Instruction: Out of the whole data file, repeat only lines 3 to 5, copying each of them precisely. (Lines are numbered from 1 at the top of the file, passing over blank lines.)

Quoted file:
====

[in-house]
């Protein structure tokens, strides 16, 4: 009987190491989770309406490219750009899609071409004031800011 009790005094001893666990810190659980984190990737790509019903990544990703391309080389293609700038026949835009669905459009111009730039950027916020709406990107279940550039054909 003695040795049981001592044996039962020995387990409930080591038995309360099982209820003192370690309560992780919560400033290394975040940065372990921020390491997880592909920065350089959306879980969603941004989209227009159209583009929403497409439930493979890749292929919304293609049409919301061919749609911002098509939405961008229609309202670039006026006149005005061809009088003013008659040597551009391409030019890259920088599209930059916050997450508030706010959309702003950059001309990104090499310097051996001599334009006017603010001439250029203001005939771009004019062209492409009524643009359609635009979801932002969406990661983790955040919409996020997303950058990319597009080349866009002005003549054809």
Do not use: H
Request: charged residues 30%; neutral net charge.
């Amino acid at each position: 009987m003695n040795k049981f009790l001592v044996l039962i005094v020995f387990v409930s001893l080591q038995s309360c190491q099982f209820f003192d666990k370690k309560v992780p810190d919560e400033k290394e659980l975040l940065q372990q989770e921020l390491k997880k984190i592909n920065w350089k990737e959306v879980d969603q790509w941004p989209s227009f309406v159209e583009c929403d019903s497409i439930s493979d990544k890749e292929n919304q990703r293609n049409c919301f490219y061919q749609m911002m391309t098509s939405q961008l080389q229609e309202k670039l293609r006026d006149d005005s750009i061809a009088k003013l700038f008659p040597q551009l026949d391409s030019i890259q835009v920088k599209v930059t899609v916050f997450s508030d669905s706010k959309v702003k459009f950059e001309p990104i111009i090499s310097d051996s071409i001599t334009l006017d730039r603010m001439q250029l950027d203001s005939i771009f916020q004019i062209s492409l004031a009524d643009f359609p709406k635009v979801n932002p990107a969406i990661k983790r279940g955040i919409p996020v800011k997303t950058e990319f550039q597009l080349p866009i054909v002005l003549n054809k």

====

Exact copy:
Do not use: H
Request: charged residues 30%; neutral net charge.
């Amino acid at each position: 009987m003695n040795k049981f009790l001592v044996l039962i005094v020995f387990v409930s001893l080591q038995s309360c190491q099982f209820f003192d666990k370690k309560v992780p810190d919560e400033k290394e659980l975040l940065q372990q989770e921020l390491k997880k984190i592909n920065w350089k990737e959306v879980d969603q790509w941004p989209s227009f309406v159209e583009c929403d019903s497409i439930s493979d990544k890749e292929n919304q990703r293609n049409c919301f490219y061919q749609m911002m391309t098509s939405q961008l080389q229609e309202k670039l293609r006026d006149d005005s750009i061809a009088k003013l700038f008659p040597q551009l026949d391409s030019i890259q835009v920088k599209v930059t899609v916050f997450s508030d669905s706010k959309v702003k459009f950059e001309p990104i111009i090499s310097d051996s071409i001599t334009l006017d730039r603010m001439q250029l950027d203001s005939i771009f916020q004019i062209s492409l004031a009524d643009f359609p709406k635009v979801n932002p990107a969406i990661k983790r279940g955040i919409p996020v800011k997303t950058e990319f550039q597009l080349p866009i054909v002005l003549n054809k």